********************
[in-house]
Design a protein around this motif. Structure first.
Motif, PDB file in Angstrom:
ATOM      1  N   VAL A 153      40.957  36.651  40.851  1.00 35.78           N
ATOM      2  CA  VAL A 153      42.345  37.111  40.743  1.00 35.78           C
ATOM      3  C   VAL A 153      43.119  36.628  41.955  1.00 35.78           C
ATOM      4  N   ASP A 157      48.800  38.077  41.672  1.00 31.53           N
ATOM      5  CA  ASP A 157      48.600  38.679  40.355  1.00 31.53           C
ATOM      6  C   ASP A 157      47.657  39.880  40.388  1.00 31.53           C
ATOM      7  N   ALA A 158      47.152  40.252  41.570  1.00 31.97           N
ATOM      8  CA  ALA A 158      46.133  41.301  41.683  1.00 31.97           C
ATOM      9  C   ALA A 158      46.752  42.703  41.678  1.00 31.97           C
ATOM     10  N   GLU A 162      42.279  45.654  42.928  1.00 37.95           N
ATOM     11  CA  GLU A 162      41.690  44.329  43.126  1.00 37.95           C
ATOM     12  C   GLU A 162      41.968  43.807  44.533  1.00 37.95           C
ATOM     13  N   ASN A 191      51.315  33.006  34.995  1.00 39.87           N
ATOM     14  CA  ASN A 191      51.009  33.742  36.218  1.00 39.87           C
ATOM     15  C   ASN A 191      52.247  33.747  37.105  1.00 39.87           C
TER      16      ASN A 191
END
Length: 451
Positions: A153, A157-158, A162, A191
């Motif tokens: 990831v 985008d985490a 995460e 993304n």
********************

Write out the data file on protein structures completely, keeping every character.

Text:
[in-house]
Design a protein around this motif. Structure first.
Motif, PDB file in Angstrom:
ATOM      1  N   VAL A 153      40.957  36.651  40.851  1.00 35.78           N
ATOM      2  CA  VAL A 153      42.345  37.111  40.743  1.00 35.78           C
ATOM      3  C   VAL A 153      43.119  36.628  41.955  1.00 35.78           C
ATOM      4  N   ASP A 157      48.800  38.077  41.672  1.00 31.53           N
ATOM      5  CA  ASP A 157      48.600  38.679  40.355  1.00 31.53           C
ATOM      6  C   ASP A 157      47.657  39.880  40.388  1.00 31.53           C
ATOM      7  N   ALA A 158      47.152  40.252  41.570  1.00 31.97           N
ATOM      8  CA  ALA A 158      46.133  41.301  41.683  1.00 31.97           C
ATOM      9  C   ALA A 158      46.752  42.703  41.678  1.00 31.97           C
ATOM     10  N   GLU A 162      42.279  45.654  42.928  1.00 37.95           N
ATOM     11  CA  GLU A 162      41.690  44.329  43.126  1.00 37.95           C
ATOM     12  C   GLU A 162      41.968  43.807  44.533  1.00 37.95           C
ATOM     13  N   ASN A 191      51.315  33.006  34.995  1.00 39.87           N
ATOM     14  CA  ASN A 191      51.009  33.742  36.218  1.00 39.87           C
ATOM     15  C   ASN A 191      52.247  33.747  37.105  1.00 39.87           C
TER      16      ASN A 191
END
Length: 451
Positions: A153, A157-158, A162, A191
């Motif tokens: 990831v 985008d985490a 995460e 993304n």